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Campus Life COVID-19 Students

CU Anschutz Rolls Out ‘Fresh-Air Break Room’ for Safety-Minded Respites

Creativity and teamwork combine to throw shade – in a good way – at Boettcher Commons

Author Chris Casey | Publish Date September 3, 2020
  • What you need to know: It’s a fall semester like no other at CU Anschutz. Campus units collaborated to offer the ‘Boettcher Fresh-Air Break Room’, and other solutions are planned to provide safe gathering spaces for students, faculty and staff.

It’s the noon hour, and students are enjoying a lunch break in Boettcher Commons at the University of Colorado Anschutz Medical Campus. While there’s nothing unusual about that, that’s where the “old normal” of the familiar scene ends.

Large tents, with limited numbers of Adirondack chairs beneath them, are spread across the lawn, erected with social distancing in mind. The outdoor space also pops with an array of umbrellas spaced smartly in the grass. They invite students, faculty and staff to take a mask-free break during their day.

Welcome to fall semester in the COVID era.

Creating safe spaces

“It’s nice out here,” said Jamie Ernewein. She joined two other Modern Human Anatomy graduate students, Amanda Telfer and Emily Anderson, for lunch under one of the tents. They also got in some studying, cradling textbooks and laptops.

Anderson noted that gathering spots are limited indoors these days. The study area in the Modern Human Anatomy Department in the Fitzsimons Building requires a reservation, so the outdoor spot – unofficially dubbed the “Boettcher Fresh-Air Break Room” – is a welcome oasis.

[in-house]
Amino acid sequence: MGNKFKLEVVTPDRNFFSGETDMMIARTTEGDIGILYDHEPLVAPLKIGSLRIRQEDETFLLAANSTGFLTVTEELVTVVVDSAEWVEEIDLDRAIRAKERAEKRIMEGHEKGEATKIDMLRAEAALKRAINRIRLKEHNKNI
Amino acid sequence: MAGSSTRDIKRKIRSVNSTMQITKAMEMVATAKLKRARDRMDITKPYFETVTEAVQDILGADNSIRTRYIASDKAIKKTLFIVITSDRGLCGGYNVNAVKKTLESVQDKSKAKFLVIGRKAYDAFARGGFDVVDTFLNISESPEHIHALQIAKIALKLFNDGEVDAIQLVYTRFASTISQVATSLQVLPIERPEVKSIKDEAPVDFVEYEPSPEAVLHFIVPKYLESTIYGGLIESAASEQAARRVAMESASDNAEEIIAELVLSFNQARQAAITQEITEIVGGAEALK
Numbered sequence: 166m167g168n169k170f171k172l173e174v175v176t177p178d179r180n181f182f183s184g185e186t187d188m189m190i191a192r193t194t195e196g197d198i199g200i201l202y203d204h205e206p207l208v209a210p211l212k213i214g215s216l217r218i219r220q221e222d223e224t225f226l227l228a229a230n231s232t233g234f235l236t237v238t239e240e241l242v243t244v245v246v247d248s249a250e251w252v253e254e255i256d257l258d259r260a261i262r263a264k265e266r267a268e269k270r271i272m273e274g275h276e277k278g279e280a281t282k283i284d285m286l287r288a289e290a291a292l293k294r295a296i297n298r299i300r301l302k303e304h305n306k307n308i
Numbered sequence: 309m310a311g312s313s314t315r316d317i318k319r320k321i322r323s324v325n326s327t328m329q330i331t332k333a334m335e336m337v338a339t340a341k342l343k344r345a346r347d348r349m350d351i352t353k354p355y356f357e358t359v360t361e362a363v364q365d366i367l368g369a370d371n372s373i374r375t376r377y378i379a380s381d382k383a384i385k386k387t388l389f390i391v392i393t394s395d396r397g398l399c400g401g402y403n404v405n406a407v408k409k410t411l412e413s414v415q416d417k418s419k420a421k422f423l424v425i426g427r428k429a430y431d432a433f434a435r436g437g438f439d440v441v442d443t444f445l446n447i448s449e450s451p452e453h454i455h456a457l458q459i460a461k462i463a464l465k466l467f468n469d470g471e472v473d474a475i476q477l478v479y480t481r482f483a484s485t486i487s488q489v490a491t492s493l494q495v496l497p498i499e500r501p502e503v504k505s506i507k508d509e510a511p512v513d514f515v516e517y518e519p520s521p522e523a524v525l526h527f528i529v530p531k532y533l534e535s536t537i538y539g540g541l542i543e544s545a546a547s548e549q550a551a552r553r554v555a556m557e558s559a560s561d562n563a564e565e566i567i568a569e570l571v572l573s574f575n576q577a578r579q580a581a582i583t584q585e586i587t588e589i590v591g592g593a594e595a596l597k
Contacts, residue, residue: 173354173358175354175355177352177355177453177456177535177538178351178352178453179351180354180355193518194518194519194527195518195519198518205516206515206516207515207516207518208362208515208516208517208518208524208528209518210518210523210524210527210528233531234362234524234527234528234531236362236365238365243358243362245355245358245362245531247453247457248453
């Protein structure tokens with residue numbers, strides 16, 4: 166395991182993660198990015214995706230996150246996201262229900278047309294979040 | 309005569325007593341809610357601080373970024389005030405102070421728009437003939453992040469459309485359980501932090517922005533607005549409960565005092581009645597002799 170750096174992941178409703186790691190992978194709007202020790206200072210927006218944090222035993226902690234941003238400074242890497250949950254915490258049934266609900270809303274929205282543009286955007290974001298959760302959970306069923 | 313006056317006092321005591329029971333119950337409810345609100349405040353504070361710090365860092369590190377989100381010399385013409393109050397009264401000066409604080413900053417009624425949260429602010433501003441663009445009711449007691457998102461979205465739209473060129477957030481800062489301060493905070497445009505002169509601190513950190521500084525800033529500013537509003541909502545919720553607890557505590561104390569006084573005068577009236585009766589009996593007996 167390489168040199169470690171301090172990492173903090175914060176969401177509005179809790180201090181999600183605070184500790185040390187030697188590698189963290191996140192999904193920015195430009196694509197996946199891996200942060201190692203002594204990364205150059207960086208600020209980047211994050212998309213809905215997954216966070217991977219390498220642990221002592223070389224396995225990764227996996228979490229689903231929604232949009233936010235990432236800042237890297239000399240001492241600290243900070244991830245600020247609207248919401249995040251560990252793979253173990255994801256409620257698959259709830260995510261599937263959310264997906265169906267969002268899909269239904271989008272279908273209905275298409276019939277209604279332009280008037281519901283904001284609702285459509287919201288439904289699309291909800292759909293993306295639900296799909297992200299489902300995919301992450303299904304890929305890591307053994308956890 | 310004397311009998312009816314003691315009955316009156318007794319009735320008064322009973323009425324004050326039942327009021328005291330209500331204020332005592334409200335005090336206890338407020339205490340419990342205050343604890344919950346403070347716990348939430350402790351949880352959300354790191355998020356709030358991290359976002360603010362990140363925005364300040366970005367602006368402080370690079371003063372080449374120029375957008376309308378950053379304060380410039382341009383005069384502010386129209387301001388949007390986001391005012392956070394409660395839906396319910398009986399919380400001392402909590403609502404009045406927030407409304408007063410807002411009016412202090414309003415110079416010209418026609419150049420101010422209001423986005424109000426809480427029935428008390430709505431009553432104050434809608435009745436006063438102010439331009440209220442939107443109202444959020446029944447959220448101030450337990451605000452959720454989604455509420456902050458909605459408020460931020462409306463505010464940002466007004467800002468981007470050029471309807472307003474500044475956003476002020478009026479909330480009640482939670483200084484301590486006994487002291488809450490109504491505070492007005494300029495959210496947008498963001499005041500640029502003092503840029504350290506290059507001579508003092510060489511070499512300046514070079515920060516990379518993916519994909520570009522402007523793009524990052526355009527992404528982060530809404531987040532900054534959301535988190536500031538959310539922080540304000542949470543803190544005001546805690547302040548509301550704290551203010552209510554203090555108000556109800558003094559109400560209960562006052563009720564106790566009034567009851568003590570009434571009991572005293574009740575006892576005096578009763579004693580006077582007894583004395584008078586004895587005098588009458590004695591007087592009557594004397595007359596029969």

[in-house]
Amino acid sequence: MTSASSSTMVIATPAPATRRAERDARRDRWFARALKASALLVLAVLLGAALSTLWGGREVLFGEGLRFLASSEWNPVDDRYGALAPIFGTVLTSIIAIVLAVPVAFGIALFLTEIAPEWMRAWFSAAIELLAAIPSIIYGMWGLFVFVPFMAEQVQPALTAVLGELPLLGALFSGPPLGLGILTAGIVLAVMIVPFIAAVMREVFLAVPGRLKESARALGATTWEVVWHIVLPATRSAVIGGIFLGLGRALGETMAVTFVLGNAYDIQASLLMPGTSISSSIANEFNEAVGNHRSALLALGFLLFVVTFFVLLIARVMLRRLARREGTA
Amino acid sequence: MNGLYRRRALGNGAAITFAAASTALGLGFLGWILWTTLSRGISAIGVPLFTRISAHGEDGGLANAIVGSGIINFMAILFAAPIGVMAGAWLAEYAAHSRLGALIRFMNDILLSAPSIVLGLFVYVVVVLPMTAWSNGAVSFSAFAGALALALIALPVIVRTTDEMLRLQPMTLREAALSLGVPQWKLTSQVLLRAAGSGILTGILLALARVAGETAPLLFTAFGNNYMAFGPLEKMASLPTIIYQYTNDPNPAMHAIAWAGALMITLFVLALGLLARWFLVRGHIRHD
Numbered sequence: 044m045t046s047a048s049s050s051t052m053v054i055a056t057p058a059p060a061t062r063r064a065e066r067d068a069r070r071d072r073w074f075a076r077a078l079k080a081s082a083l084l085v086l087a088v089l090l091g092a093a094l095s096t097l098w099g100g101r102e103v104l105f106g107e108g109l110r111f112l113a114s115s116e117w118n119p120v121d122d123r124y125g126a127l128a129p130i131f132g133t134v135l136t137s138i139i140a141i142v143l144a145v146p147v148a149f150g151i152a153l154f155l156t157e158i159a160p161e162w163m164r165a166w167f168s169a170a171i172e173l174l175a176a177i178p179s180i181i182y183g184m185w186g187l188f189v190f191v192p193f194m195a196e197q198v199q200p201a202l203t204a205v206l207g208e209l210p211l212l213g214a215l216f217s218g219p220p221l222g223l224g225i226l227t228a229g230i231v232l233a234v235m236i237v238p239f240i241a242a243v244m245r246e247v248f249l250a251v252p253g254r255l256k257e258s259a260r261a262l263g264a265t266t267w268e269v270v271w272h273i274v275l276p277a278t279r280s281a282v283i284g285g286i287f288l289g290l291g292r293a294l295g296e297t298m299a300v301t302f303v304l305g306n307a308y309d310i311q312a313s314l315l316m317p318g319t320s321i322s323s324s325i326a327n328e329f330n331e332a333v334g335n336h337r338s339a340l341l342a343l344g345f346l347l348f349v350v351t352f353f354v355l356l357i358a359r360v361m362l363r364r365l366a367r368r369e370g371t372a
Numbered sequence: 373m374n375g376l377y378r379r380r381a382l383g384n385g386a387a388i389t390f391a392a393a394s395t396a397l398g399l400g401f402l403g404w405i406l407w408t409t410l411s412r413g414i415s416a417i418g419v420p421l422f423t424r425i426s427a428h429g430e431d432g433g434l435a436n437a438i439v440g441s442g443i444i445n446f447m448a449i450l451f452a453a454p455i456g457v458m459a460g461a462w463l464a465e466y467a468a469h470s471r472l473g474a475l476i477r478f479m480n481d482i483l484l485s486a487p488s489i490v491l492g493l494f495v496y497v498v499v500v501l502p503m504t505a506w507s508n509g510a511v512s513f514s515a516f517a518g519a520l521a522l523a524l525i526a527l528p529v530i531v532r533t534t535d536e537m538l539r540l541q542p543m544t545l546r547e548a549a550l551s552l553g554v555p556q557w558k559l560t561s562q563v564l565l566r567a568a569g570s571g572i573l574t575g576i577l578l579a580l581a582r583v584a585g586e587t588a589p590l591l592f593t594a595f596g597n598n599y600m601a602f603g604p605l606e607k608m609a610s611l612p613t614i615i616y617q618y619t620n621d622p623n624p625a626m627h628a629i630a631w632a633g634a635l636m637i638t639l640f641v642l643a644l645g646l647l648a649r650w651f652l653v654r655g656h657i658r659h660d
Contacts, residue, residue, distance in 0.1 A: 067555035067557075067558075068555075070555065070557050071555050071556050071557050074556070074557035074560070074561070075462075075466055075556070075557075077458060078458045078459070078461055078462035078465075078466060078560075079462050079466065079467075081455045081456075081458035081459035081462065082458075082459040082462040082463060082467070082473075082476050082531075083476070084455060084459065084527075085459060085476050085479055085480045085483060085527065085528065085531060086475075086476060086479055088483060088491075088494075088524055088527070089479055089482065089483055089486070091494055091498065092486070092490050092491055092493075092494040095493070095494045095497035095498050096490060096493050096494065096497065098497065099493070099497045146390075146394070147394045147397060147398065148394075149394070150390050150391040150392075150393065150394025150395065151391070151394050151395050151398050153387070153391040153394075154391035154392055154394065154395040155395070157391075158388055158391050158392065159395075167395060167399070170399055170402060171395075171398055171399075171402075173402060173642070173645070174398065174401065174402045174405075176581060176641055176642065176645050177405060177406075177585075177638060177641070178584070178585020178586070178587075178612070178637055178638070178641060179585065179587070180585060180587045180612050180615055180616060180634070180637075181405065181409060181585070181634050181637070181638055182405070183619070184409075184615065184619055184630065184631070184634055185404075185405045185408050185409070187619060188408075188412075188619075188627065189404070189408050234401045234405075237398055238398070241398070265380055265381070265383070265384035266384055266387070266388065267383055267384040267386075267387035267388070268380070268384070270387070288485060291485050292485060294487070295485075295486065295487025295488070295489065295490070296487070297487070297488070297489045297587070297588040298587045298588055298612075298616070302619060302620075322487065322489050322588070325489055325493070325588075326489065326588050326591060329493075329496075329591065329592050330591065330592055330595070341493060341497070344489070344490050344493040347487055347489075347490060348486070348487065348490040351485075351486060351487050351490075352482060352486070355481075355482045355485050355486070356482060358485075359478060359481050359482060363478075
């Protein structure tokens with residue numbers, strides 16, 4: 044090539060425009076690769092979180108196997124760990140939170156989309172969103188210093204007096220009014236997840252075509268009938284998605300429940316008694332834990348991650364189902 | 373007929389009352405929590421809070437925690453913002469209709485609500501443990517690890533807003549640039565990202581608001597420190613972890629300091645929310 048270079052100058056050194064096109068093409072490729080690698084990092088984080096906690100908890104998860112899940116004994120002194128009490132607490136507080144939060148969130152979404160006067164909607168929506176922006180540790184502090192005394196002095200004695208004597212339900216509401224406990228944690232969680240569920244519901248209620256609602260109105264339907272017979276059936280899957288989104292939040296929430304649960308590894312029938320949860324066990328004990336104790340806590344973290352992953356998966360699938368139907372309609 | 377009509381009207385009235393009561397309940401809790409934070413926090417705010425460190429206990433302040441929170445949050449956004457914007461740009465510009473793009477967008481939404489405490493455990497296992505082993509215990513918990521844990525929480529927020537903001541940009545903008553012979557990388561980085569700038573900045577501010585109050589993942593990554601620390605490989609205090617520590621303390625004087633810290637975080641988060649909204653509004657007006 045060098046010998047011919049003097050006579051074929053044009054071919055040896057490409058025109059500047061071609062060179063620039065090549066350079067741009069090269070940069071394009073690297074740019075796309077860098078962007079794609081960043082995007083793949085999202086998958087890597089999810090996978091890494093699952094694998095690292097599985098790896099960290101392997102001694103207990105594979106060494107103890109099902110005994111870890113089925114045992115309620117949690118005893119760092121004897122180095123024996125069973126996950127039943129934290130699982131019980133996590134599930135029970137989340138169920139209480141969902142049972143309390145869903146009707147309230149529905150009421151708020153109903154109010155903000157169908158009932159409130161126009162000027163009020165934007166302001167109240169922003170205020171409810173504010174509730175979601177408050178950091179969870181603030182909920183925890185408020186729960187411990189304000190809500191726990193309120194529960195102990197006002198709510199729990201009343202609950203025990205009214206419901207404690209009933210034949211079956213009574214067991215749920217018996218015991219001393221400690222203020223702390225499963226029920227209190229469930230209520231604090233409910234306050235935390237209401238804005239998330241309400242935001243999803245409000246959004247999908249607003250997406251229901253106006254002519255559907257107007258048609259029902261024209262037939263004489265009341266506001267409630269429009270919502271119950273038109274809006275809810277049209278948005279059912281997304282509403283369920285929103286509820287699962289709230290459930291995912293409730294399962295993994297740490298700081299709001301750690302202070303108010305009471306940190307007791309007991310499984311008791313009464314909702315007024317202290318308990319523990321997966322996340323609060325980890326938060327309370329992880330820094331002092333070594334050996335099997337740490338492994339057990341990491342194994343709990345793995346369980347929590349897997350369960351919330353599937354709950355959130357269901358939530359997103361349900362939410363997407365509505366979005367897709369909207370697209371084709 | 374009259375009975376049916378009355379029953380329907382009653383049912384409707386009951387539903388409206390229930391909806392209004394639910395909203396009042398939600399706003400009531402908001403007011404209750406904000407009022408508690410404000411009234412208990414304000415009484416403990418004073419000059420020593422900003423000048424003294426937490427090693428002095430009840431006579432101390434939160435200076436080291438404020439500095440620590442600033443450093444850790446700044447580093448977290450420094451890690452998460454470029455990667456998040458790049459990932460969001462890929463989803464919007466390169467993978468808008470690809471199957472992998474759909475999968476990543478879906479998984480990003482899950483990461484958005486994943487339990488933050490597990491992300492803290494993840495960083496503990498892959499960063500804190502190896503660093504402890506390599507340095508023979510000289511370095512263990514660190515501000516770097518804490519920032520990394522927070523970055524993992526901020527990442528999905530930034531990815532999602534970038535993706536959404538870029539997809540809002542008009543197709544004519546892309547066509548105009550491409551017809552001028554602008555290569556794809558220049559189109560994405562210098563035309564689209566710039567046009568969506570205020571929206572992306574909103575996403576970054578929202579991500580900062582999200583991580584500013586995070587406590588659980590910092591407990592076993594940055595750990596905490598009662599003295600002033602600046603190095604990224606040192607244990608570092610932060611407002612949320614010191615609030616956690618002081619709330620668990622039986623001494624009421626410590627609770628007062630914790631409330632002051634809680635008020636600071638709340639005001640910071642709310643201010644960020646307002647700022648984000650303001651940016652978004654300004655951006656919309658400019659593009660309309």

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Boettcher Commons transforms daily into the “Boettcher Fresh-Air Break Room,” a place to relax and take a break from your mask.

“Having the restrictions (on building access and indoor group study) are better than being negligent,” Anderson said.

From ‘crop circles’ to tents

The “fresh-air break room” evolved from basic and painted beginnings – a group of “crop circles” in 6-foot spacings on the commons. Terri Carrothers, executive vice chancellor for administration and finance and chief financial officer, pointed out that Andre Vite, CU Anschutz executive director for institutional planning, and Jay Campbell, associate vice chancellor for facilities operations, weighed in with ideas and the manpower to set up the tents and umbrellas each day. CU Anschutz Student Services pitched in the Adirondack chairs.

“Community and creativity prevails,” Carrothers said. “We have a lot of great minds, talent and creativity on this campus. They are partnering to find safe solutions for our campus community.”

So far, the outdoor spaces have been well-received. “The whole point is we’ve got some students who are in class for five or six hours a day,” Vite said. “We need to provide someplace for them to go and take their masks off for a while.”

Likewise, campus units are collaborating on concepts for break areas in the research quad on the west side of campus. Additionally, Vite said, “we know we’ve got to solve for winter, and we’re actively working on that now.”

In the meantime, don’t be surprised to see more outdoor spaces on campus resembling an umbrella-speckled beach.